Precisely at noon on Sept. 1, the first shots will be fired.
More shots will come, and they’ll continue fast and furious for two or three days. After that, the guns will gradually go silent. Such is the nature of West Virginia’s hunting season for mourning doves.
“The first few days of the dove season are the ones that seem to attract most of the attention,” said Mike Peters, a migratory game bird specialist for the state Division of Natural Resources. “Actually, the [three-part] season continues through Jan. 24. There are opportunities all the way through then for people to shoot doves.”
The first segment of this year’s season will run from Sept. 1 through Oct. 11; the second from Nov. 2-15; and the third from Dec. 21-Jan. 4.
Doves are found throughout the state, and in all kinds of habitats.
“It’s not a species that requires a particular kind of habitat,” Peters said. “They’re generalists in terms of where they nest, feed and breed. For that reason, they do quite well.”
Throughout their natural range, dove numbers are down slightly from what they’ve been in the past. Peters said, however, that West Virginia’s population has remained “really stable” for the past 10 years.
The birds are particularly active in late summer and early fall, when farmers mow hayfields and begin to harvest grain crops.
“Doves prefer small grains like sorghum, millet, milo, annual rye, rye, wheat and maybe sunflower,” Peters said. “West Virginia doesn’t have a lot of that kind of farming, but in areas where it does, chances are you’ll find doves.”
To help boost dove hunters’ chances, managers at many of the wildlife management areas throughout the state plant those crops and schedule cuttings to coincide with the dove season’s early segment.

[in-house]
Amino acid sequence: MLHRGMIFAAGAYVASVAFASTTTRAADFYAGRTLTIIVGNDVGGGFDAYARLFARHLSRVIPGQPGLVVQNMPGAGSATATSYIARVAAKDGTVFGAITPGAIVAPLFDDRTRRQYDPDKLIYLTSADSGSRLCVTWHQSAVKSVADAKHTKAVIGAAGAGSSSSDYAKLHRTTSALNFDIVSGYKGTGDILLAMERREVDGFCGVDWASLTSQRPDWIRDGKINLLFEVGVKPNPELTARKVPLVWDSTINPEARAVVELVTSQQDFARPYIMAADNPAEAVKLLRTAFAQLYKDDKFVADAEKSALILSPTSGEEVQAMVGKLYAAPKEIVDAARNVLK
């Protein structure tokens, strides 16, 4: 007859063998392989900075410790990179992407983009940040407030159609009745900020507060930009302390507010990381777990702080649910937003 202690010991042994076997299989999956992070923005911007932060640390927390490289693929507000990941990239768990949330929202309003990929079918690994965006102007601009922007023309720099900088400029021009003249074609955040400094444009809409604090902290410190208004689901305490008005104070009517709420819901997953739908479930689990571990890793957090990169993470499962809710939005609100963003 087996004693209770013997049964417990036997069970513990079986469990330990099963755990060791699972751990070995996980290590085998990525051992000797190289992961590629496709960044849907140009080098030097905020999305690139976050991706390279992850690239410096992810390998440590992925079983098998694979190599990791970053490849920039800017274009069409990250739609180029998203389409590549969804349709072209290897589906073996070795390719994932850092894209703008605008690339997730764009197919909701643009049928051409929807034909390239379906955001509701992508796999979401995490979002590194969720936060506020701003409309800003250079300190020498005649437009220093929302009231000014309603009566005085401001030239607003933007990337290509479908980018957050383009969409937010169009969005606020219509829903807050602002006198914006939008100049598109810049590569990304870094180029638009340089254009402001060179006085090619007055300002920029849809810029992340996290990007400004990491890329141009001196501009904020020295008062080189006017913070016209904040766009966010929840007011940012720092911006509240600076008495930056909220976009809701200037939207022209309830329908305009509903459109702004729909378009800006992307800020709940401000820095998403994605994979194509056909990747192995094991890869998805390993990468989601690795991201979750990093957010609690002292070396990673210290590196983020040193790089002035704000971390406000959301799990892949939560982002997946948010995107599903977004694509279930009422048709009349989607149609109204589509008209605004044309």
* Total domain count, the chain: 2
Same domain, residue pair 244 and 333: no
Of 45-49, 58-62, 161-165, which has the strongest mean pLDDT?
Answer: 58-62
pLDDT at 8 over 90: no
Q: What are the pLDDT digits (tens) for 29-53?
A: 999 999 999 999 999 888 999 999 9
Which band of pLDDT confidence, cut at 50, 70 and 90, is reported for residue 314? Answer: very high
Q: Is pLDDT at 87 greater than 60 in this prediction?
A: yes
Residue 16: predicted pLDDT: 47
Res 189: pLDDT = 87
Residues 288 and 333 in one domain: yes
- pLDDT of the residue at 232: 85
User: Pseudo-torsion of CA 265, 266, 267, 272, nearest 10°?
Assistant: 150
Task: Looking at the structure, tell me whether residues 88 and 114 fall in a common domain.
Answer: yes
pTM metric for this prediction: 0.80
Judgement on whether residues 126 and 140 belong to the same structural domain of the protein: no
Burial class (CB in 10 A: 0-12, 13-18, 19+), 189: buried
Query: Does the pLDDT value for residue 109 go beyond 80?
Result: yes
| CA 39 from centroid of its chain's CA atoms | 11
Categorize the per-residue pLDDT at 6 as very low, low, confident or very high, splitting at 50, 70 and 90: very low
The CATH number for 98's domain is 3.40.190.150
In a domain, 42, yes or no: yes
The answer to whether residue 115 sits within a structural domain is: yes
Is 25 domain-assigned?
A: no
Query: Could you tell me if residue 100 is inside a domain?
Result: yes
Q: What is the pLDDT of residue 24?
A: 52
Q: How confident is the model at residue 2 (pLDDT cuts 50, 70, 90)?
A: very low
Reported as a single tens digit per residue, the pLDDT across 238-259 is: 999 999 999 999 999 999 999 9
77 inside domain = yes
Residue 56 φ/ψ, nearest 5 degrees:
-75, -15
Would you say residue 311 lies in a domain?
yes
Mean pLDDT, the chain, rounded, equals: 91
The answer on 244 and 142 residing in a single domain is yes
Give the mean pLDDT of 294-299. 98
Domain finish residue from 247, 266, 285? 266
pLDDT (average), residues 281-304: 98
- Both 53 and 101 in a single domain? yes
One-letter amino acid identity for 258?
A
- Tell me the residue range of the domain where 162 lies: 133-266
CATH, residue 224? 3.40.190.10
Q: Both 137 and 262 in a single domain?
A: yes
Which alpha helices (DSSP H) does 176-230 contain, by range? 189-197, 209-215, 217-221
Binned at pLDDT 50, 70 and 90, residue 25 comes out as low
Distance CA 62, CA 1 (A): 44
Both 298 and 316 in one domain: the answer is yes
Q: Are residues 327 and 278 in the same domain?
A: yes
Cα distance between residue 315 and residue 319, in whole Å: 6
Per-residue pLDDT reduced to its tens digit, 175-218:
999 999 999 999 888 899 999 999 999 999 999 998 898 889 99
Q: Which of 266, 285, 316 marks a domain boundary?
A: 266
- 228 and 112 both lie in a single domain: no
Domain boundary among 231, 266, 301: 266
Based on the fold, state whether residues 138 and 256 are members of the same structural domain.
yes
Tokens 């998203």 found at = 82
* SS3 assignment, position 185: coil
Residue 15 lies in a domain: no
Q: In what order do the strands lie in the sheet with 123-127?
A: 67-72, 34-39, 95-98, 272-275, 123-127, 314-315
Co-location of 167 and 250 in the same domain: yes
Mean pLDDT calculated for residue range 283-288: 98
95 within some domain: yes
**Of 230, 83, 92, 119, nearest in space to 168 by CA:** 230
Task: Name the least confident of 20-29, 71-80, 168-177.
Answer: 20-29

“There are several WMAs that have become extremely popular with dove hunters,” Peters said. “I would rank Green Bottom, McClintic, Hillcrest, Pleasants Creek and South Branch right at the top.”
He said the South Branch WMA, located near McNeill in Hardy County and Sector in Hampshire County, has become so popular that area managers have been forced to limit the number of hunters allowed in the dove fields during the season’s first few days.
The dove-season opener tends almost to be a social affair, with hunters returning to the same fields year after year after year. The tradition began in the Deep South, where opening-day dove shoots became occasions to invite friends and family over for a festive afternoon filled with hunting and food.
Oftentimes, participants in those hunts would clean the birds and feast on them that very same evening. West Virginia’s opening-day gatherings aren’t usually that organized, but dove hunters have come to cherish them anyway.
The bag limit for doves is 15 a day. To kill that many of the agile, fast-flying birds, even skilled hunters will burn through a box or two of shotgun shells.
Because federal officials classify doves as migratory birds, people who hunt them must obtain a federal Harvest Information Program (HIP) card in addition to their license. The cards are free, but it is illegal to hunt without them.
Hunters who use pump-action or semi-automatic shotguns must plug their magazines so they contain no more than three shells at a time. Shooting hours are from noon to sunset on opening day, and from one-half hour before sunrise to sunset on any day thereafter.